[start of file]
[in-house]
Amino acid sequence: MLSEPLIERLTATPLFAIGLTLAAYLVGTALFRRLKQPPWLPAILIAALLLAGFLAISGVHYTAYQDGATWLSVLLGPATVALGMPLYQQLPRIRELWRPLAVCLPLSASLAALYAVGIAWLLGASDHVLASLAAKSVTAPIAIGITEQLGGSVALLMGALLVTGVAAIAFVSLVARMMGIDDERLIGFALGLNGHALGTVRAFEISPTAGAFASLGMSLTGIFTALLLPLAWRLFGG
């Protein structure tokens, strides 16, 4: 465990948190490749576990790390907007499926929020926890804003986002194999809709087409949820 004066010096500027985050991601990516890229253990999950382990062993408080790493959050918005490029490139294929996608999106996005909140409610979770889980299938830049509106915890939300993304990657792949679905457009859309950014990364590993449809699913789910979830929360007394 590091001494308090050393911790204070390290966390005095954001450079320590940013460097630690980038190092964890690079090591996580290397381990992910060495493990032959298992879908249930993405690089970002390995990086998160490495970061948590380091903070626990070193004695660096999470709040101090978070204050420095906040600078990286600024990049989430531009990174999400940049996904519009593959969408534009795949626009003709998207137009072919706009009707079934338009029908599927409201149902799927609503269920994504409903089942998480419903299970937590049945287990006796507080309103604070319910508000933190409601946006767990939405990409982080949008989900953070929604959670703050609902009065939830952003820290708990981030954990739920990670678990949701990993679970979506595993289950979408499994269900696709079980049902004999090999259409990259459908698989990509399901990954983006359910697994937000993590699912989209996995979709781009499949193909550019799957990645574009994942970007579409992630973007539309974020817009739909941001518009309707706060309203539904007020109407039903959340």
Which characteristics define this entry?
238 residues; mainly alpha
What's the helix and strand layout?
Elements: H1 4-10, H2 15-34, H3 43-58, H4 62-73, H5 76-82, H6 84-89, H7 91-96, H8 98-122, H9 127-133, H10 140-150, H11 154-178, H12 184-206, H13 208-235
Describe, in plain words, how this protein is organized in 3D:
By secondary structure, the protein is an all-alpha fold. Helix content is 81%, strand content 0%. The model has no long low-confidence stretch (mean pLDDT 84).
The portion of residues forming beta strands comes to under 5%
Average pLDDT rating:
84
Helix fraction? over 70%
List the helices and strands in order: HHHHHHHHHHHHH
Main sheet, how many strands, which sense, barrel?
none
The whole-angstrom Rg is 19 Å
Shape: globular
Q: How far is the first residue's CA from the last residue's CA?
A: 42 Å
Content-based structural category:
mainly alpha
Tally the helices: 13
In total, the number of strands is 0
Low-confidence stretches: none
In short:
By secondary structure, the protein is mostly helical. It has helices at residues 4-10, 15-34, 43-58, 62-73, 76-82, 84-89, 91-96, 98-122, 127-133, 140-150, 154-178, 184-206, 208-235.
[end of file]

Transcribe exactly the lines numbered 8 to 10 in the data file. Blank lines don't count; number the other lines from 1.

Describe, in plain words, how this protein is organized in 3D:
By secondary structure, the protein is an all-alpha fold. Helix content is 81%, strand content 0%. The model has no long low-confidence stretch (mean pLDDT 84).
The portion of residues forming beta strands comes to under 5%